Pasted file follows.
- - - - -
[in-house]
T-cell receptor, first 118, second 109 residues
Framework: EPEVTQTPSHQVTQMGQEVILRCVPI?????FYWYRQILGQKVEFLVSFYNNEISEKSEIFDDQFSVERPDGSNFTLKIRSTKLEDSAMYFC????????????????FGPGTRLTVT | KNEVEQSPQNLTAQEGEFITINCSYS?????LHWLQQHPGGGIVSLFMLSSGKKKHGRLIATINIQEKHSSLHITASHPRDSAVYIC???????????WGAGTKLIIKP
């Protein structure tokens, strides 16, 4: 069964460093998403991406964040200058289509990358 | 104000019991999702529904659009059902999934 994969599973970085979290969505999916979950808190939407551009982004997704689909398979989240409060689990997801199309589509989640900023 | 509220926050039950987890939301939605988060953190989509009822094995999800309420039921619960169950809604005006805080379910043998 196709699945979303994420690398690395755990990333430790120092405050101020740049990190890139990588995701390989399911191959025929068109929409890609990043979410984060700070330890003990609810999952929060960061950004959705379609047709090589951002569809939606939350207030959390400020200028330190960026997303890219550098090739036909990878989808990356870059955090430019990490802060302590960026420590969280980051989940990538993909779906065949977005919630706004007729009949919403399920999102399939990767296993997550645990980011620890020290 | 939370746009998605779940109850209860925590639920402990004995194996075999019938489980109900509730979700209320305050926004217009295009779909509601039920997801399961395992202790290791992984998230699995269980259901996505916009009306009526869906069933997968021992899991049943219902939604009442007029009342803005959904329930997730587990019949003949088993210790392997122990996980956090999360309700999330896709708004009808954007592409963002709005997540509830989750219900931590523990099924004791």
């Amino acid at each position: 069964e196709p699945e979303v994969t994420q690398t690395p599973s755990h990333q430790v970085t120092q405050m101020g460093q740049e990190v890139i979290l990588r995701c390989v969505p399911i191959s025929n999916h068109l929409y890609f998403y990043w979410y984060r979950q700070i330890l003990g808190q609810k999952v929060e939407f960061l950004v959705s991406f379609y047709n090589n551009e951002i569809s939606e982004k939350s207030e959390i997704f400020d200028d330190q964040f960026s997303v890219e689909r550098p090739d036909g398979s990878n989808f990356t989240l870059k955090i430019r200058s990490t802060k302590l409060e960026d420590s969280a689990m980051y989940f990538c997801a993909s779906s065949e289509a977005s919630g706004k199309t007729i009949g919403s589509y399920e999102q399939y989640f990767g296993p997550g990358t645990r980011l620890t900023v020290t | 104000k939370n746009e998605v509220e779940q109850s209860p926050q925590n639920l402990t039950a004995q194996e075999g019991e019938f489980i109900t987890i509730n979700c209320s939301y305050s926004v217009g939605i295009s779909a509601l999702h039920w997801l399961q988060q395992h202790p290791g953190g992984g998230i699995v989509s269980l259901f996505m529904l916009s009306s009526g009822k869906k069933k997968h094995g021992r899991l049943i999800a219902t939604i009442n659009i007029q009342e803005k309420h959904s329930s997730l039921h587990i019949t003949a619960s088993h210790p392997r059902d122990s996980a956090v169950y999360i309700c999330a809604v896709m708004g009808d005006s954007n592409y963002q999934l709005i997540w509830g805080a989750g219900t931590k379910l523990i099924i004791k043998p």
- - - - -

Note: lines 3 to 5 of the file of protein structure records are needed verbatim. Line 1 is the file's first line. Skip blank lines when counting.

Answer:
Framework: EPEVTQTPSHQVTQMGQEVILRCVPI?????FYWYRQILGQKVEFLVSFYNNEISEKSEIFDDQFSVERPDGSNFTLKIRSTKLEDSAMYFC????????????????FGPGTRLTVT | KNEVEQSPQNLTAQEGEFITINCSYS?????LHWLQQHPGGGIVSLFMLSSGKKKHGRLIATINIQEKHSSLHITASHPRDSAVYIC???????????WGAGTKLIIKP
């Protein structure tokens, strides 16, 4: 069964460093998403991406964040200058289509990358 | 104000019991999702529904659009059902999934 994969599973970085979290969505999916979950808190939407551009982004997704689909398979989240409060689990997801199309589509989640900023 | 509220926050039950987890939301939605988060953190989509009822094995999800309420039921619960169950809604005006805080379910043998 196709699945979303994420690398690395755990990333430790120092405050101020740049990190890139990588995701390989399911191959025929068109929409890609990043979410984060700070330890003990609810999952929060960061950004959705379609047709090589951002569809939606939350207030959390400020200028330190960026997303890219550098090739036909990878989808990356870059955090430019990490802060302590960026420590969280980051989940990538993909779906065949977005919630706004007729009949919403399920999102399939990767296993997550645990980011620890020290 | 939370746009998605779940109850209860925590639920402990004995194996075999019938489980109900509730979700209320305050926004217009295009779909509601039920997801399961395992202790290791992984998230699995269980259901996505916009009306009526869906069933997968021992899991049943219902939604009442007029009342803005959904329930997730587990019949003949088993210790392997122990996980956090999360309700999330896709708004009808954007592409963002709005997540509830989750219900931590523990099924004791």
């Amino acid at each position: 069964e196709p699945e979303v994969t994420q690398t690395p599973s755990h990333q430790v970085t120092q405050m101020g460093q740049e990190v890139i979290l990588r995701c390989v969505p399911i191959s025929n999916h068109l929409y890609f998403y990043w979410y984060r979950q700070i330890l003990g808190q609810k999952v929060e939407f960061l950004v959705s991406f379609y047709n090589n551009e951002i569809s939606e982004k939350s207030e959390i997704f400020d200028d330190q964040f960026s997303v890219e689909r550098p090739d036909g398979s990878n989808f990356t989240l870059k955090i430019r200058s990490t802060k302590l409060e960026d420590s969280a689990m980051y989940f990538c997801a993909s779906s065949e289509a977005s919630g706004k199309t007729i009949g919403s589509y399920e999102q399939y989640f990767g296993p997550g990358t645990r980011l620890t900023v020290t | 104000k939370n746009e998605v509220e779940q109850s209860p926050q925590n639920l402990t039950a004995q194996e075999g019991e019938f489980i109900t987890i509730n979700c209320s939301y305050s926004v217009g939605i295009s779909a509601l999702h039920w997801l399961q988060q395992h202790p290791g953190g992984g998230i699995v989509s269980l259901f996505m529904l916009s009306s009526g009822k869906k069933k997968h094995g021992r899991l049943i999800a219902t939604i009442n659009i007029q009342e803005k309420h959904s329930s997730l039921h587990i019949t003949a619960s088993h210790p392997r059902d122990s996980a956090v169950y999360i309700c999330a809604v896709m708004g009808d005006s954007n592409y963002q999934l709005i997540w509830g805080a989750g219900t931590k379910l523990i099924i004791k043998p």